Benitez banks on the high tempo of Anfield

Liverpool know that aristocratic Milan can be beaten - and Rafa has just the gameplan
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The Independent Football

So, the manager Liverpool's arbiter-in-chief, Alan Hansen, condemned not long ago as having created, with his predecessor Gérard Houllier, "a conveyor belt of mediocrity" stands at the end of the production line with his side packaged, labelled and ready for inspection by Europe.

So, the manager Liverpool's arbiter-in-chief, Alan Hansen, condemned not long ago as having created, with his predecessor Gérard Houllier, "a conveyor belt of mediocrity" stands at the end of the production line with his side packaged, labelled and ready for inspection by Europe.

Rafael Benitez's galvanisation of Liverpool to their first "European Cup" final for 20 years vindicates, largely, if not completely - there is still the matter of that wretched domestic form to explain - the faith of the chairman, David Moores, and chief executive, Rick Parry. Equally satisfying will be the Damascene-like conversion of those doubters among the Anfield elders.

But can this largely Anglo-Spanish amalgam of players combine for one final thrust? Players such as Xabi Alonso and Djibril Cissé, who have only recently recovered from injury, and others like Djimi Traoré, who has been at times derided by the Kop but whose performances have been enhanced by Benitez's presence. They can, even if ration-ality informs us that Milan, the club founded by a British expat, ought to expose Benitez's team as one unworthy of occupying the same fervent theatre in Istanbul on Wednes-day night. Carlo Ancelotti's men are surely capable of brushing Liverpool aside with the disdain of a Sir Michael Gambon detecting an insolent young actor attempting to upstage him. Aren't they?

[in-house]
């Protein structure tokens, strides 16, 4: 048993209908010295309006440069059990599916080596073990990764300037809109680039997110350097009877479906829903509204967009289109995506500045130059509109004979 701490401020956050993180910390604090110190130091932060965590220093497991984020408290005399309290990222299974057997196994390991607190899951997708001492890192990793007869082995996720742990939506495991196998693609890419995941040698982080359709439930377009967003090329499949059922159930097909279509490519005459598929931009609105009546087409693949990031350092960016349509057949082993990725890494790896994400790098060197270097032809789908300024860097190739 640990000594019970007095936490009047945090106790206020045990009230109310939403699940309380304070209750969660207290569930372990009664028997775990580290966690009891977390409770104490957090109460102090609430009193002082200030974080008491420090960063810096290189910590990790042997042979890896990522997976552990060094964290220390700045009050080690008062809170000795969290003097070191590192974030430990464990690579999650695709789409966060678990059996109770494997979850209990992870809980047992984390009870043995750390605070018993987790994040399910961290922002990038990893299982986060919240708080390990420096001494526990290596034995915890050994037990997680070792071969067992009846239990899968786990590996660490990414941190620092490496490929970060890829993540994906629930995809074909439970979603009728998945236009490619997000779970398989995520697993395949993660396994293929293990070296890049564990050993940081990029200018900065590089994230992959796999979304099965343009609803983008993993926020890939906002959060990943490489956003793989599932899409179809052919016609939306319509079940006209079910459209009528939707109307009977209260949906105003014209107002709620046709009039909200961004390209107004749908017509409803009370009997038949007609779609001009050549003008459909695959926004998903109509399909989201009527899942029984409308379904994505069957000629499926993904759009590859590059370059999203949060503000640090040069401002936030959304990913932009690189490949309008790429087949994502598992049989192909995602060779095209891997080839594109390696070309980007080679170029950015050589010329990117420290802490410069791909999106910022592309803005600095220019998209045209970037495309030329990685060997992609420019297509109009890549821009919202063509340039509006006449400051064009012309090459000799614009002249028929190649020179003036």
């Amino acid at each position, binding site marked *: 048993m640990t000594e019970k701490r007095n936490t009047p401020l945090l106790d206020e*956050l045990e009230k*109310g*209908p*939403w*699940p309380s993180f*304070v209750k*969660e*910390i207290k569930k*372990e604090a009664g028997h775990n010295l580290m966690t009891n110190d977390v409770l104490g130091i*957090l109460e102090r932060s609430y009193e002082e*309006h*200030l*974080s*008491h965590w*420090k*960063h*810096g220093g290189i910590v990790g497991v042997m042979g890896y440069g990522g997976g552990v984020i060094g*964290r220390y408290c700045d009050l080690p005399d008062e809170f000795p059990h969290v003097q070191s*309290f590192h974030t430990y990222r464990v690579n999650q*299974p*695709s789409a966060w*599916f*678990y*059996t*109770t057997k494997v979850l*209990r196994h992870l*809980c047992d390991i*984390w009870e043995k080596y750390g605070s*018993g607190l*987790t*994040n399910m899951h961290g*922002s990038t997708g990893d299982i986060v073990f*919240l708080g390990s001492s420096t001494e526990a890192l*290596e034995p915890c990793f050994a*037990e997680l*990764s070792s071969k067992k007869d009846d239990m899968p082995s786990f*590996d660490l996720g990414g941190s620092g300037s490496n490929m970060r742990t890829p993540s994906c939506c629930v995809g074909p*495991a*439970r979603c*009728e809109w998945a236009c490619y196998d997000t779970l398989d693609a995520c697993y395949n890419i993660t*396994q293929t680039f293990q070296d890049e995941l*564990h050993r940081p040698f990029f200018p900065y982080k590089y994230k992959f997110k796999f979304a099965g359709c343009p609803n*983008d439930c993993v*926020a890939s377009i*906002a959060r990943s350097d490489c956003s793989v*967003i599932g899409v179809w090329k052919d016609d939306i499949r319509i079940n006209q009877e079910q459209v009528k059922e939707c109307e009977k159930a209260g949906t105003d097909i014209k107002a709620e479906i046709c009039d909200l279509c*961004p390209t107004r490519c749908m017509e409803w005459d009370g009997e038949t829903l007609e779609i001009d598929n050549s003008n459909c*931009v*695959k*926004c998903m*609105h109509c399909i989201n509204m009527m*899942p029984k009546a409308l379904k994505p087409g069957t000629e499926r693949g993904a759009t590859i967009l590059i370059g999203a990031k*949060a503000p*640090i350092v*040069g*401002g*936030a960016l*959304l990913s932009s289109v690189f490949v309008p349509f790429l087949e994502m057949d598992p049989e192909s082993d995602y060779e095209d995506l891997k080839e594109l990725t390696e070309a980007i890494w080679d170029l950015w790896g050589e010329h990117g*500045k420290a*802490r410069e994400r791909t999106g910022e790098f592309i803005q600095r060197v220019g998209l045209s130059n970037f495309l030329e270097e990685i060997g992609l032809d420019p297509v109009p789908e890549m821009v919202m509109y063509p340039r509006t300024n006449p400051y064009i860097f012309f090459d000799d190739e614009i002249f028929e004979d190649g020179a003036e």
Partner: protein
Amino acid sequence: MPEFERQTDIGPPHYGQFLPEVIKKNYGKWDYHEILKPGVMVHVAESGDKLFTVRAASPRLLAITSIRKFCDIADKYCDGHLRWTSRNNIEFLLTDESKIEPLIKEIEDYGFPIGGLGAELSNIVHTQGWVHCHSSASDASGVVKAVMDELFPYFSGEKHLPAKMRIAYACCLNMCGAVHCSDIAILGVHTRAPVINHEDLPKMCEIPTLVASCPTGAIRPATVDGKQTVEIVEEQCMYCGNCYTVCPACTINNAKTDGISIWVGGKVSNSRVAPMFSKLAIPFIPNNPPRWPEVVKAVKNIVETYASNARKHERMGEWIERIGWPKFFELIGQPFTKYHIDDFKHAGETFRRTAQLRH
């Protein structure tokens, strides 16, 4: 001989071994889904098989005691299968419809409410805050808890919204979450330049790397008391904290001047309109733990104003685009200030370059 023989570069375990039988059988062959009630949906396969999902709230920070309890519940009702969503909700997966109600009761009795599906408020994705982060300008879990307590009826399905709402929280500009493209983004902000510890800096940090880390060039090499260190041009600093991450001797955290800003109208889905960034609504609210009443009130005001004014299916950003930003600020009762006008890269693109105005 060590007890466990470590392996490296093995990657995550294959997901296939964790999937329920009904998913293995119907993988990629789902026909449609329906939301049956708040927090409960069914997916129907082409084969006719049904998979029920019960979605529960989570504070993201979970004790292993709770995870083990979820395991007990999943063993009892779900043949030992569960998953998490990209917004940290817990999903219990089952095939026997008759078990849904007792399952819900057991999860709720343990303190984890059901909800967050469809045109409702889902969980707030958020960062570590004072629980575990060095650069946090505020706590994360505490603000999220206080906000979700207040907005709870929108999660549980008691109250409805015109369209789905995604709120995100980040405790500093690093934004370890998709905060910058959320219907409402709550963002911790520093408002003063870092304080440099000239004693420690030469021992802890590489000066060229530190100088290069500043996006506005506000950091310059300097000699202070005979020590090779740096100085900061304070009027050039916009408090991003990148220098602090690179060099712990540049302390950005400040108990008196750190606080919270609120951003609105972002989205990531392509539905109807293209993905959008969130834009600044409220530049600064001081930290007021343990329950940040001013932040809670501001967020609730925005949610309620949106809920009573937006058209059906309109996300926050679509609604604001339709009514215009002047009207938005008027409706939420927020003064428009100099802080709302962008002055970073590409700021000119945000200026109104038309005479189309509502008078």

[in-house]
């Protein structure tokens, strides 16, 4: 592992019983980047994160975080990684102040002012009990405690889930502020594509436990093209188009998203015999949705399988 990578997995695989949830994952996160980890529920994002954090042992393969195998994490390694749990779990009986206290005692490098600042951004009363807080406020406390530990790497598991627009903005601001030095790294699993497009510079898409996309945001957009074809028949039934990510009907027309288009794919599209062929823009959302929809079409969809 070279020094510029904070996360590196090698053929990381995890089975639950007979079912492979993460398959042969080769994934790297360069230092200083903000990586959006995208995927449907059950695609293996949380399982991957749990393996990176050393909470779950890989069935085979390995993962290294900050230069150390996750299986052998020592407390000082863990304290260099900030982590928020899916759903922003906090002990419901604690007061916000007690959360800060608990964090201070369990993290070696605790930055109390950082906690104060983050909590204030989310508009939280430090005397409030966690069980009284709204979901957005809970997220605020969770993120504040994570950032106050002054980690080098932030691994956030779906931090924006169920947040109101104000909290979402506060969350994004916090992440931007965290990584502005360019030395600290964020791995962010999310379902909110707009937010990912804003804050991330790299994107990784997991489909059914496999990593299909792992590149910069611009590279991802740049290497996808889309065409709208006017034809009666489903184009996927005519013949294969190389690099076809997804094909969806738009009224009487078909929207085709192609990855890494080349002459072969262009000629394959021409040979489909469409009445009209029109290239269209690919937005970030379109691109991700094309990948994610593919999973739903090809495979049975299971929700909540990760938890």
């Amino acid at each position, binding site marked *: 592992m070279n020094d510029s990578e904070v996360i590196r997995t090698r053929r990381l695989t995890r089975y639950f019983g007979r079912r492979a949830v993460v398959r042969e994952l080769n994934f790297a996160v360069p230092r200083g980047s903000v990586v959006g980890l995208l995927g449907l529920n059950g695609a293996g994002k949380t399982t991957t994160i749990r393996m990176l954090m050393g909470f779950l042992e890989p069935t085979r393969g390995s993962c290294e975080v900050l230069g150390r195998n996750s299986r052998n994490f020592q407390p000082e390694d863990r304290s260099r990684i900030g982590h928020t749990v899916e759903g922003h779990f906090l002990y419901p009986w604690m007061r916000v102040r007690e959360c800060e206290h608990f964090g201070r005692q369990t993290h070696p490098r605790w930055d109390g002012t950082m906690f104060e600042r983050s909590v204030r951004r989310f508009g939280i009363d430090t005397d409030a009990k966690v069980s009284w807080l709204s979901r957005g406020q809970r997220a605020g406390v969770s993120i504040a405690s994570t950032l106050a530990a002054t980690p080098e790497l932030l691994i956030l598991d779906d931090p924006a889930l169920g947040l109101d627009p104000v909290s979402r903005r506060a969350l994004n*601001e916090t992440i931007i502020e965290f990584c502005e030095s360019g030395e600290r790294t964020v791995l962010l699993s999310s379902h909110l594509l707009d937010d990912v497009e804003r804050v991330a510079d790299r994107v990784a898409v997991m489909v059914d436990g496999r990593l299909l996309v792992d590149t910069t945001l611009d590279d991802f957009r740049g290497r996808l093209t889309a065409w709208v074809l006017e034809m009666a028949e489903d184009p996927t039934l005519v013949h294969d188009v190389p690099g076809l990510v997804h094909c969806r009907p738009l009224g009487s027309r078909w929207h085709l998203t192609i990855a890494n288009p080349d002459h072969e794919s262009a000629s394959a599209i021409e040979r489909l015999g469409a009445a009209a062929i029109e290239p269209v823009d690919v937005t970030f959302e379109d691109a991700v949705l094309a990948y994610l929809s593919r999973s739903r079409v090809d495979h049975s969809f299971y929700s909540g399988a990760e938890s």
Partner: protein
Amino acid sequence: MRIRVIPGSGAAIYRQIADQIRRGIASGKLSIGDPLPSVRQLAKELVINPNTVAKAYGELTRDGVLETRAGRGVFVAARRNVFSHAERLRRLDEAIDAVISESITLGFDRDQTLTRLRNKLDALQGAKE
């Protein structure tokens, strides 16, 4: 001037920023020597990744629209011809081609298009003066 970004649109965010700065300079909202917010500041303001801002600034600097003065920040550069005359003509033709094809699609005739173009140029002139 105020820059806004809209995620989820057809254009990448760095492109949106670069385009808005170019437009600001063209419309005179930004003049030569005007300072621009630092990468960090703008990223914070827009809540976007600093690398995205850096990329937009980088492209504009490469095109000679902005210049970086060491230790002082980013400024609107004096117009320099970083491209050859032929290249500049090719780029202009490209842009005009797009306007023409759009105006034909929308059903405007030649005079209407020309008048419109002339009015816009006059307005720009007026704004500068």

Just run your eyes down the cast list of the Rossoneri: the supreme executioner Andrei Shevchenko; the swift and inventive Kaka; Cafu and Kakha Kaladze, with their rapid sorties down the flanks; the ageless and, on his night, still peerless defender Paolo Maldini; and the World Cup- winning goalkeeper Dida.

Yet such an analysis ignores the fact that, in Jamie Carragher, Steven Gerrard, John Arne Riise, Alonso and Cissé, Liverpool boast sufficient power, vision and dedication to the cause to disturb the presumed authority of Milan.

Perhaps, just as crucially, in Benitez's acceptance of his team being regarded as the more impoverished of the pair, he possesses a potent psychological weapon. Almost imperceptibly, they have advanced to this point without pretension. Why alter that approach now?

It may - no, make that would - have been entirely different if Chelsea had qualified and Jose Mourinho had dispatched howitzers of supreme self-confidence into the Turkish night sky. In contrast, Benitez remains a model of res- traint, prepared only to reflect on the role that may be played by the travelling faithful.

"People say there will be 35,000 [Liverpool] supporters there [at the Ataturk Olympic Stadium], almost the same as Anfield. They will be behind us and we will play with more confidence," Benitez says. "When you play here at Anfield with our supporters, you feel the players give 120 per cent. In another country, it is different. Maybe it will only be 110 per cent. I hope to see my team at the same high intensity as they have been [in Europe] at Anfield."

He still possesses a limited English vocabulary, but that at least ensures that Benitez doesn't stray into areas where a loose expression may rebound on him. He is a man whose emotions are only truly unchained within the confines of the training ground and on the touchline.